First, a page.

From a reader…
If someone breaks the tabernacle takes the consecrated Hosts
desecrates (throws away to the gutters or dirty place) does the real presence exists?
There are some distinctions to be made here.
Firstly, the person who does such a thing would be committing a crime (breaking the tabernacle and theft) and also, objectively, a terrible sin (because the Eucharist isn’t just a thing, it is the Body, Blood, Soul, and Divinity of Christ). If such a person knew that and, being of sound mind, willingly did it anyway, she would be guilty of a truly horrible sin.
Also, such an action, throwing away the Blessed Sacrament, would under the usual conditions (commission of the mortal sin) incur automatically an excommunication which could only be lifted by the Holy See.
In the Latin Code of Canon Law we find:
can. 1367: Qui species consecratas abicit aut in sacrilegum finem abducit vel retinet in excommunicationem latae sententiae Sedi Apostolicae reservatam incurrit; clericus praeterea alia poena, non exclusa dimissione e statu clericali, puniri potest … A person who throws away the consecrated species or takes or retains them for a sacrilegious purpose incurs a latae sententiae excommunication reserved to the Apostolic See; moreover, a cleric can be punished with another penalty, not excluding dismissal from the clerical state..
The word abicit, abicere, means here “throw away”, and this was clarified by the Pontifical Council for the Interpretation of Legislative Texts, at their plenary session on 4 June 1999, as not … NOT… being restricted to “throw away” in a spirit of contempt, or intent to do dishonor. It really does mean “throw away”, which is what happens when you put a consecrated Host or the Precious Blood down a sacrarium without first making sure that the substance of the same is first broken down (by dissolving). Precious Blood, of course, should be consumed.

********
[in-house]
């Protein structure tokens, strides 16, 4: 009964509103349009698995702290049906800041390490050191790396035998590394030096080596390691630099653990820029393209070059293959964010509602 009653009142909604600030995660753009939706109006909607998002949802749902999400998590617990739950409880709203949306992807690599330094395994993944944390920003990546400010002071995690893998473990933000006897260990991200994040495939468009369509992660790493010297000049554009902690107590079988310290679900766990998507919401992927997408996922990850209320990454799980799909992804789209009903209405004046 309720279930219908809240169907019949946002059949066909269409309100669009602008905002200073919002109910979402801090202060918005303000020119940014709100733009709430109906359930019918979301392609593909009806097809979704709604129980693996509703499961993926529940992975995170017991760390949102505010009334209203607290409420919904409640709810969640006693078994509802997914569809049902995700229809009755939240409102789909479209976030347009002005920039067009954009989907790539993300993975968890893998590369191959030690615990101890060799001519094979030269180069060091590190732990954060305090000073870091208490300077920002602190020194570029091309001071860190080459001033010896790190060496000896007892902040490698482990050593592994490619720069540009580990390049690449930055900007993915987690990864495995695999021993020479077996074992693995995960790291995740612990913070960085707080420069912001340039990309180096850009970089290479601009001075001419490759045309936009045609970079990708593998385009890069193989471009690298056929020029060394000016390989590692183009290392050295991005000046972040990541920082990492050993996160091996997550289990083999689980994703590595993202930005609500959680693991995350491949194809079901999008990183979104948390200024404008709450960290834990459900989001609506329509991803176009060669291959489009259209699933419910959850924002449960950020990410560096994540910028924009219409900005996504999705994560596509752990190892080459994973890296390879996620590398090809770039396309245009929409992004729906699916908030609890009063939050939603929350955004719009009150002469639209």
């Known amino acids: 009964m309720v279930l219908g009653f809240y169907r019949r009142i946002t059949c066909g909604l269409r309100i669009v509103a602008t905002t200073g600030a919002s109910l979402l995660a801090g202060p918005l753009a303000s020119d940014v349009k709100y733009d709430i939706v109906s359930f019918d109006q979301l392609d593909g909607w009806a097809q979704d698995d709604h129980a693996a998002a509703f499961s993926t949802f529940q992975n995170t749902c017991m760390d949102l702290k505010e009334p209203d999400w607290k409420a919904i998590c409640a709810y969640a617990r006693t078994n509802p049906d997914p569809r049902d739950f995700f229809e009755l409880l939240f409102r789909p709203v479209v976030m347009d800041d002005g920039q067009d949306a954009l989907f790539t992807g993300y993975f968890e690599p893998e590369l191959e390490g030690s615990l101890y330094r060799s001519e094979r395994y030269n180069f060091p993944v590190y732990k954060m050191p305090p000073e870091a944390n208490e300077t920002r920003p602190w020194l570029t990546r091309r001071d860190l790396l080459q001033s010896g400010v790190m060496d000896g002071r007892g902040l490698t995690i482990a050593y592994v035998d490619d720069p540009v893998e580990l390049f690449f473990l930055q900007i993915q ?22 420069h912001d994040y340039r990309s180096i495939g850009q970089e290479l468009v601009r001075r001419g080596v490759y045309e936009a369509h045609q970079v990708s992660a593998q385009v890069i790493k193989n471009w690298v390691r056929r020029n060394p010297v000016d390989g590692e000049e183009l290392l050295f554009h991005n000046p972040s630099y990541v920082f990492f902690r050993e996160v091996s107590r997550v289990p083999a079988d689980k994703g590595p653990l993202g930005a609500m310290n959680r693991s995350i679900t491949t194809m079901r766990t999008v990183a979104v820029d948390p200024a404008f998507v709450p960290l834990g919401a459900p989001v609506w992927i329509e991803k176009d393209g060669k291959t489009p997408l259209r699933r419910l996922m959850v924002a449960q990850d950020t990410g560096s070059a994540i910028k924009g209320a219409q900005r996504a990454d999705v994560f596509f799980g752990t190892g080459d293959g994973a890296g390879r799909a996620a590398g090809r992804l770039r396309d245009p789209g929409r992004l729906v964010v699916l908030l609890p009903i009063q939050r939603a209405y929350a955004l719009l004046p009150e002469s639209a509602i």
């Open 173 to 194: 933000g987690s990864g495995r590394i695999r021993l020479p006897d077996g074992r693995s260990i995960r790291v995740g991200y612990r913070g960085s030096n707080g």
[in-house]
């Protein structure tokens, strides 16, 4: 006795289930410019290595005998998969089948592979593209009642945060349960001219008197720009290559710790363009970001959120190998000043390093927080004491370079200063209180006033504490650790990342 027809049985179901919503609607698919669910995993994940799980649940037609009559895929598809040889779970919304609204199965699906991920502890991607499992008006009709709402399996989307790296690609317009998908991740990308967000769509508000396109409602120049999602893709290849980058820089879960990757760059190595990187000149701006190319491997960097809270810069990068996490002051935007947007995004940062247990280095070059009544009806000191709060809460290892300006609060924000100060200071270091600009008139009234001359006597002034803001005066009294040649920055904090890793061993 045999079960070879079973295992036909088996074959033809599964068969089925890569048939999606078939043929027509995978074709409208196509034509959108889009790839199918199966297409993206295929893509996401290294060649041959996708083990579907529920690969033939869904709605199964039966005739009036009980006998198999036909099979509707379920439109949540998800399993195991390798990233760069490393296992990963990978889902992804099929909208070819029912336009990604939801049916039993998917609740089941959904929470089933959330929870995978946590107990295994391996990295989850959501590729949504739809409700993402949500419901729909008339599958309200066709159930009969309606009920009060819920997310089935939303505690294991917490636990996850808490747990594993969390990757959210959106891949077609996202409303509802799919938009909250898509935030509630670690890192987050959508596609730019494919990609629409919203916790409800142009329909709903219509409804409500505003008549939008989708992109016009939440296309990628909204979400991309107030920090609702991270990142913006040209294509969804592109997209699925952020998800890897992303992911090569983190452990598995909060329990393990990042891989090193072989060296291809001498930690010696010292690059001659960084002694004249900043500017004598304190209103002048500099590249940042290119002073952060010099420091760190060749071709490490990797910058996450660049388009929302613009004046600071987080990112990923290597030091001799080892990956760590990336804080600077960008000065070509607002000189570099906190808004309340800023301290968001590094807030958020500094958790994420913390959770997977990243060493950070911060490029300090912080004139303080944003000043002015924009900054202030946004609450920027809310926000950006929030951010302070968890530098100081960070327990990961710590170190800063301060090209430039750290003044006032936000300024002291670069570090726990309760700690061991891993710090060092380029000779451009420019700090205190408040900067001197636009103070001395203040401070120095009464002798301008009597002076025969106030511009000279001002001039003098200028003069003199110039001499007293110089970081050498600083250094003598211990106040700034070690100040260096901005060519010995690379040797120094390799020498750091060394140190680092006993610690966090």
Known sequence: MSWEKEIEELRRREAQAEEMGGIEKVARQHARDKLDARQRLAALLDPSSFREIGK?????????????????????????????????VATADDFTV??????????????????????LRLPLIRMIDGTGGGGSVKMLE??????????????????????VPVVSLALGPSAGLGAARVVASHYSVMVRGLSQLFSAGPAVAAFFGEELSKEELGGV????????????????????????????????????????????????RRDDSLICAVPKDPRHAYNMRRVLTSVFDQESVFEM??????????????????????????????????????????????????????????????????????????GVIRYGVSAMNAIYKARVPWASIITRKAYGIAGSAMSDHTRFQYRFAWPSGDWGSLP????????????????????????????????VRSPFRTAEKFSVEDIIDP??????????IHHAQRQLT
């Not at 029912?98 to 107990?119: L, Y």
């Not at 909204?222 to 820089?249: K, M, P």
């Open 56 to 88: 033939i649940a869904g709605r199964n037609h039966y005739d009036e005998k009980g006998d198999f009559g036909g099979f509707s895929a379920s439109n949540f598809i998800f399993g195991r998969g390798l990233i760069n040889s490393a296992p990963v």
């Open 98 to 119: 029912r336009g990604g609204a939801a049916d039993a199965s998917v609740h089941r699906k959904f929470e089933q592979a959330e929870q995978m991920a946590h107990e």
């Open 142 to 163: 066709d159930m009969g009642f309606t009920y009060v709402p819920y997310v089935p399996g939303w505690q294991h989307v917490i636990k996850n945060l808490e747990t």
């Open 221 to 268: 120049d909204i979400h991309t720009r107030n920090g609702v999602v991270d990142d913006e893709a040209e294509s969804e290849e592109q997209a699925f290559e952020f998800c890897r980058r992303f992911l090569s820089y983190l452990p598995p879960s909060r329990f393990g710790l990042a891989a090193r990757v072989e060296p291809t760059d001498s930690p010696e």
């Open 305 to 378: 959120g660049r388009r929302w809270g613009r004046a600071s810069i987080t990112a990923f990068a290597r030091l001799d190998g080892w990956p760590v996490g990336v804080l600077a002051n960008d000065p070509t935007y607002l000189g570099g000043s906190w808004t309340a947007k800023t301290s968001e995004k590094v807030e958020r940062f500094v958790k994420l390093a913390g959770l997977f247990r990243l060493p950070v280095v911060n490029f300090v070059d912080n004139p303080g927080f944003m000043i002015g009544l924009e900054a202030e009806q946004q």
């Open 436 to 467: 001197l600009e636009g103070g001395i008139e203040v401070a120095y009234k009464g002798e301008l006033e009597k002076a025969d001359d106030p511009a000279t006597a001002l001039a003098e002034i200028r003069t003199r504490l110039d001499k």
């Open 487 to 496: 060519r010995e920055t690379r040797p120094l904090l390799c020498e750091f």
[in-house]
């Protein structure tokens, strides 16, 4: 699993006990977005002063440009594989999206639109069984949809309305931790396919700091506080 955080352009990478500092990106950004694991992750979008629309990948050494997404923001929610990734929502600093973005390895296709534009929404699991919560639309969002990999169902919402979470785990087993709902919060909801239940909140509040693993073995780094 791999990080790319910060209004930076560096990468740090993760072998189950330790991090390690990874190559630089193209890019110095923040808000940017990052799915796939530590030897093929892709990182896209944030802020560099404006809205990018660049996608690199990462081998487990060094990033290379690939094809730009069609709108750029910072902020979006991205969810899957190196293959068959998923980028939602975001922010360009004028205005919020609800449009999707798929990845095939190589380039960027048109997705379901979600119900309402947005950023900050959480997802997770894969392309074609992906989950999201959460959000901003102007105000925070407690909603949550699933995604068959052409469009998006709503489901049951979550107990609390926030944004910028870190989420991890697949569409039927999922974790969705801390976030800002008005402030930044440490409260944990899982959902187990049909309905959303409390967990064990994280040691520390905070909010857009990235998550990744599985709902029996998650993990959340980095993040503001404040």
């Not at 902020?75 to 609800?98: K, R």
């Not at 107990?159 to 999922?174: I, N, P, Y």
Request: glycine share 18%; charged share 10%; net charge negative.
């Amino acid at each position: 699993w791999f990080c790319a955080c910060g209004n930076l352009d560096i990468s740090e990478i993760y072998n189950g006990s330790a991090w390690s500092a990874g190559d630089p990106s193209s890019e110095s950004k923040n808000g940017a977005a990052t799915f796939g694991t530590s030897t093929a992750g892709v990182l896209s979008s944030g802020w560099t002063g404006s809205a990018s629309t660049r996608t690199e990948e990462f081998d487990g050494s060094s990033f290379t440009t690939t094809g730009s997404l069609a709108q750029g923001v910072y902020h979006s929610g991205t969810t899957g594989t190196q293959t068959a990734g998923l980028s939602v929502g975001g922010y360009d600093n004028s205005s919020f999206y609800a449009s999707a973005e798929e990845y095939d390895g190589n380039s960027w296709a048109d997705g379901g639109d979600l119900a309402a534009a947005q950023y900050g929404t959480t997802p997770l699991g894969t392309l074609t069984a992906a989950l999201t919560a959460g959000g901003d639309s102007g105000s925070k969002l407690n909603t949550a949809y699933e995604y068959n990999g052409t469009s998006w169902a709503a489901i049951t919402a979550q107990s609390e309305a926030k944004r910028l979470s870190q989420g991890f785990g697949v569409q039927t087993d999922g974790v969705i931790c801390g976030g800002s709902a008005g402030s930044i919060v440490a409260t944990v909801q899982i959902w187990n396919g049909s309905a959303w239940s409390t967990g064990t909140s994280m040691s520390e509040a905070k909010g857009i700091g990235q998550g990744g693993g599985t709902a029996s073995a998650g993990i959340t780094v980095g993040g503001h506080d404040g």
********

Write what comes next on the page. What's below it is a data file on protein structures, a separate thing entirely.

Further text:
That said, in the case of any objectively sinful act which incurs an excommunication (e.g., throwing away the Eucharist), there are always the circumstances to be considered (e.g., the person’s will and knowledge, external compulsion, fear, etc.).
Redemptionis Sacramentum distinguished different levels of liturgical abuses. The worst are in the category graviora delicata (graver crimes). Among the graviora delicta is throwing away the Eucharist (cf. RS 172). This grave crime is reserved to the Congregation for the Doctrine of the Faith.
Whether the Real Presence continues or not depends on the condition of the Hosts.
So long as the outward appearance, the accidents, of bread remain recognizable, the Eucharist remain, the Real Presence of Christ remains. As soon as the hosts break down and are no long recognizable in their accidents as bread, then what is there is not the Eucharist, Christ’s presence is no longer there. If the place is very wet, that will happen faster. If a little damp, slower. Much depends on the place where they are thrown.
There are, however, also cases of Eucharistic miracles, namely, when Hosts have been preserved from dissolution in very harsh conditions or for a very long period. For example, in 1730 in Siena, Italy, thieves stole a tabernacle that contained hosts. Some days later, the hosts were fond in an alms box in a church. The hosts were cleaned and venerated out of reparation for the terrible sacrilege that had been committed. The hosts were then preserved. Over the years, they remained perfectly normal, without any indication of dissolution or decay, which will happen to host over time with changes of humidity, etc. Fifty years later, the bishop had the remaining hosts reserved. At one point, some unconsecrated hosts were preserved in a similar way, but they were soon reduced to dust or eaten by worms. Over the years the miraculous hosts have been examined. They miraculously remain to this day, contrary to all laws of nature.